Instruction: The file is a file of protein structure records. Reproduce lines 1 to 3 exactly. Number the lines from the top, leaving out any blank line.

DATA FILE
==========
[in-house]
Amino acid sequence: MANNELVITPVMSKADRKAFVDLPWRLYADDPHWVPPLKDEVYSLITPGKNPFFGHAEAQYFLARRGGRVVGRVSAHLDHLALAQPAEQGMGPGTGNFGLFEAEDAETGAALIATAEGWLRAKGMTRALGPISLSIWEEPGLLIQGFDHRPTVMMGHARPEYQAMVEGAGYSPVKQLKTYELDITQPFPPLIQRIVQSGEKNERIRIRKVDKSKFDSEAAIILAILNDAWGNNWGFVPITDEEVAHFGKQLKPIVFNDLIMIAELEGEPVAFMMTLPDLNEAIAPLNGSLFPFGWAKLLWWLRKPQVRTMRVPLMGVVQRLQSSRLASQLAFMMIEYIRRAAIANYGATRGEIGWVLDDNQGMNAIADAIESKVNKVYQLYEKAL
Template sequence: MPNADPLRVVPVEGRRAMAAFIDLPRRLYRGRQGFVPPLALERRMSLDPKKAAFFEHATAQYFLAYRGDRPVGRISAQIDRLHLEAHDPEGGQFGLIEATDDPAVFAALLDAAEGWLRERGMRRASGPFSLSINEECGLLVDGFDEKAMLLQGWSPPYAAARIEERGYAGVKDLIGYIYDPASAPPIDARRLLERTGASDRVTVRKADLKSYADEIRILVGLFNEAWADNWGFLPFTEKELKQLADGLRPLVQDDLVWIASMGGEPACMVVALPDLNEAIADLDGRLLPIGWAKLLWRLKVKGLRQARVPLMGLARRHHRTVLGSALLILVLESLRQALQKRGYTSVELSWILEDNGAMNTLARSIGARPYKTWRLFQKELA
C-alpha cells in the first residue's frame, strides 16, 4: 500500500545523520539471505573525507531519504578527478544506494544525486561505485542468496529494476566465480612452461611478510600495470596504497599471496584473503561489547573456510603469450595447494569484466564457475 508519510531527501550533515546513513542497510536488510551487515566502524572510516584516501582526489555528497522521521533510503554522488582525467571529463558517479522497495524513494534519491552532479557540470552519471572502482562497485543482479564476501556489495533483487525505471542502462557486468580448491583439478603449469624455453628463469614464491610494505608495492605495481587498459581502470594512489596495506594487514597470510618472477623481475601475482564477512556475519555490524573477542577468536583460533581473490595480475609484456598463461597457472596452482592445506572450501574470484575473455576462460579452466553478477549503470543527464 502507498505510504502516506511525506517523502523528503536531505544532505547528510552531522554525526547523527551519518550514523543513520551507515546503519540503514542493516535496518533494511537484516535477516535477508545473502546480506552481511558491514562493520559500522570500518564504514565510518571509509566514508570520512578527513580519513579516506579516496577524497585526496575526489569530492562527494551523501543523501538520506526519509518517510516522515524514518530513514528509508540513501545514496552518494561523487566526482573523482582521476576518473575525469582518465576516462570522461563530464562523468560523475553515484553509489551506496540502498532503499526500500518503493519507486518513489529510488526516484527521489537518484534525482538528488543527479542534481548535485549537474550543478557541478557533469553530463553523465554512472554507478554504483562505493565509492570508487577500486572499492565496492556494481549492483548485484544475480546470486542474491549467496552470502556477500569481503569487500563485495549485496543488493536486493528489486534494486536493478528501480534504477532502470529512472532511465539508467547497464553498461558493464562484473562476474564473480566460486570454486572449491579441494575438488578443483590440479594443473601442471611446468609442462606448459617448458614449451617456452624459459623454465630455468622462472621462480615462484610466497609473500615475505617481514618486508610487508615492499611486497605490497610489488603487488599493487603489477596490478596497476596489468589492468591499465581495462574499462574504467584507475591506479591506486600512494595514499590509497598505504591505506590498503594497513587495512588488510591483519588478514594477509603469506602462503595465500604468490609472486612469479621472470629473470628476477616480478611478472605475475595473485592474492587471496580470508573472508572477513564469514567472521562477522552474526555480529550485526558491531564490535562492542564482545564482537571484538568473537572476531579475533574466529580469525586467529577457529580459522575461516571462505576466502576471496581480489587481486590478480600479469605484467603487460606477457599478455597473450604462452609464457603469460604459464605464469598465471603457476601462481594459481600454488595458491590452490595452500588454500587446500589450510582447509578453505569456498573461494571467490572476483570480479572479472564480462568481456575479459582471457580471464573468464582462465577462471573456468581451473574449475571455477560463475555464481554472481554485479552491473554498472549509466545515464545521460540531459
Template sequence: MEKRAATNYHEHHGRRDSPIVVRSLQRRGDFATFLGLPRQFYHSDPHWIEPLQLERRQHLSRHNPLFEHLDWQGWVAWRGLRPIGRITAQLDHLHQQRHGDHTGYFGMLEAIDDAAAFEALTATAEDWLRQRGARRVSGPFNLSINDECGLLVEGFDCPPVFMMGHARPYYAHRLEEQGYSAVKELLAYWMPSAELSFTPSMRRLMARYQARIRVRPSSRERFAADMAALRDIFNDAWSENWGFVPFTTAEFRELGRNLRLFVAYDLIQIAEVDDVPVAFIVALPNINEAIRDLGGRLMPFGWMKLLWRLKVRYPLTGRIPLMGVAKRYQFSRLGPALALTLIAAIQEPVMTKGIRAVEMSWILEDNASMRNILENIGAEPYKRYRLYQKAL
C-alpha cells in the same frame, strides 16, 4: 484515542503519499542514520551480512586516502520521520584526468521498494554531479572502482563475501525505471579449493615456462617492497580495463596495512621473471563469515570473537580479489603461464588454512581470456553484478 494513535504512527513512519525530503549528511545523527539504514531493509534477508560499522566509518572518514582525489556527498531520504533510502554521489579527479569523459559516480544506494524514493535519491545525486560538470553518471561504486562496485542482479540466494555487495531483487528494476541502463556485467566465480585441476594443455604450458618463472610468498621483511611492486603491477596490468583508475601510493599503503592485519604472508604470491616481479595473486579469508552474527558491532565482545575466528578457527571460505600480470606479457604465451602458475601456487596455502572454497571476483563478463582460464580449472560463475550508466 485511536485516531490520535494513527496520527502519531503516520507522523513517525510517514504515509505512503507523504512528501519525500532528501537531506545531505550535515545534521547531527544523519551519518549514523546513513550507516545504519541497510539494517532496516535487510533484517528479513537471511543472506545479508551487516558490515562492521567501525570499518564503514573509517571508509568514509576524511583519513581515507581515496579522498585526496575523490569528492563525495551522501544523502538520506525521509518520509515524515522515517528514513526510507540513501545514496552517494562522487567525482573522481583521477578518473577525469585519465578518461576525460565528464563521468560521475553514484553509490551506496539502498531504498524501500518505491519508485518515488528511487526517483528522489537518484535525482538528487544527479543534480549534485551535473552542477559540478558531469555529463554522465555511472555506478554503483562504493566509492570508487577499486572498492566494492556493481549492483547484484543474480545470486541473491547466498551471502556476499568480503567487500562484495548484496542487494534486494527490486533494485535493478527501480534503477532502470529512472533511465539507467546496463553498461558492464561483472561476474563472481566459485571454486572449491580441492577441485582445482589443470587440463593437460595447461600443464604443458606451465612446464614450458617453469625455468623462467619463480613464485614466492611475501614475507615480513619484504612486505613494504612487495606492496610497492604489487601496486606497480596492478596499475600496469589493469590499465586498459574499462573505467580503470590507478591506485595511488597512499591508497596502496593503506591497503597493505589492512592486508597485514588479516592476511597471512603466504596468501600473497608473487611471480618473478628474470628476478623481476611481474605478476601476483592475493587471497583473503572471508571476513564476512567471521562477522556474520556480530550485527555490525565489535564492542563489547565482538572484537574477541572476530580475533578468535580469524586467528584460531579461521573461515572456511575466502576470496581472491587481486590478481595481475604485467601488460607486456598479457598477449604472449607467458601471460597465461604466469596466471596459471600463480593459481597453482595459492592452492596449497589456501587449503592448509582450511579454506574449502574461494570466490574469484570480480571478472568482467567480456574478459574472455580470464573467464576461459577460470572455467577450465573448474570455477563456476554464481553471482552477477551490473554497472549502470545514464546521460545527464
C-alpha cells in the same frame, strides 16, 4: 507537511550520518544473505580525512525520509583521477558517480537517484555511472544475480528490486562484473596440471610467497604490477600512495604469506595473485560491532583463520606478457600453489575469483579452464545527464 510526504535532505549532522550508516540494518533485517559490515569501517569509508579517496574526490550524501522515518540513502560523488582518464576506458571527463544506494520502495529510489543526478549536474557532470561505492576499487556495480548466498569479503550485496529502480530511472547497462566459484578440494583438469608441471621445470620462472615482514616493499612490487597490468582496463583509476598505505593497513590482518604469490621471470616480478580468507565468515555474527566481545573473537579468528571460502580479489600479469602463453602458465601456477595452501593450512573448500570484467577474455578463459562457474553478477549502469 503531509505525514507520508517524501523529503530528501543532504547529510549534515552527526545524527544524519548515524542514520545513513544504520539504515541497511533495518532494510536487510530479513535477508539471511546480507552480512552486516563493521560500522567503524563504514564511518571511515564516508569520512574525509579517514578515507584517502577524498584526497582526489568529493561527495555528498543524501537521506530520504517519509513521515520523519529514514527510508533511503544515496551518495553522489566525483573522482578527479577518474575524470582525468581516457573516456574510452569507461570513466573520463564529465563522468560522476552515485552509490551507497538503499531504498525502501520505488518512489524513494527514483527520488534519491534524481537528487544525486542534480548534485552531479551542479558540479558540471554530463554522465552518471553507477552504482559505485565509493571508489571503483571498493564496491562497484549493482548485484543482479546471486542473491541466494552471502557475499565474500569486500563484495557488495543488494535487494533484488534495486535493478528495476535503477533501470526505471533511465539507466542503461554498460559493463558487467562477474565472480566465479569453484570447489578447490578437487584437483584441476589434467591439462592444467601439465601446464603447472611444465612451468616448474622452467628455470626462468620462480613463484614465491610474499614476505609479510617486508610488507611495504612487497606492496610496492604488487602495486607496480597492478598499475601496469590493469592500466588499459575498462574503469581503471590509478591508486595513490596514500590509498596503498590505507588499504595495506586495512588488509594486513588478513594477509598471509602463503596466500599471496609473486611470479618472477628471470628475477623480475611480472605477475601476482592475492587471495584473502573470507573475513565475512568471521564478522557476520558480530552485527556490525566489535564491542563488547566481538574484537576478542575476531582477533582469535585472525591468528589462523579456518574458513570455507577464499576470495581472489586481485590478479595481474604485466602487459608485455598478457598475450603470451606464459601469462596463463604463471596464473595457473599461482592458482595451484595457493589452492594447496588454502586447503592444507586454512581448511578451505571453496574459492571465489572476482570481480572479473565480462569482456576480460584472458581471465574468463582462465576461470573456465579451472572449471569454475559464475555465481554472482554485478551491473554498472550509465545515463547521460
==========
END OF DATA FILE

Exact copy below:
[in-house]
Amino acid sequence: MANNELVITPVMSKADRKAFVDLPWRLYADDPHWVPPLKDEVYSLITPGKNPFFGHAEAQYFLARRGGRVVGRVSAHLDHLALAQPAEQGMGPGTGNFGLFEAEDAETGAALIATAEGWLRAKGMTRALGPISLSIWEEPGLLIQGFDHRPTVMMGHARPEYQAMVEGAGYSPVKQLKTYELDITQPFPPLIQRIVQSGEKNERIRIRKVDKSKFDSEAAIILAILNDAWGNNWGFVPITDEEVAHFGKQLKPIVFNDLIMIAELEGEPVAFMMTLPDLNEAIAPLNGSLFPFGWAKLLWWLRKPQVRTMRVPLMGVVQRLQSSRLASQLAFMMIEYIRRAAIANYGATRGEIGWVLDDNQGMNAIADAIESKVNKVYQLYEKAL
Template sequence: MPNADPLRVVPVEGRRAMAAFIDLPRRLYRGRQGFVPPLALERRMSLDPKKAAFFEHATAQYFLAYRGDRPVGRISAQIDRLHLEAHDPEGGQFGLIEATDDPAVFAALLDAAEGWLRERGMRRASGPFSLSINEECGLLVDGFDEKAMLLQGWSPPYAAARIEERGYAGVKDLIGYIYDPASAPPIDARRLLERTGASDRVTVRKADLKSYADEIRILVGLFNEAWADNWGFLPFTEKELKQLADGLRPLVQDDLVWIASMGGEPACMVVALPDLNEAIADLDGRLLPIGWAKLLWRLKVKGLRQARVPLMGLARRHHRTVLGSALLILVLESLRQALQKRGYTSVELSWILEDNGAMNTLARSIGARPYKTWRLFQKELA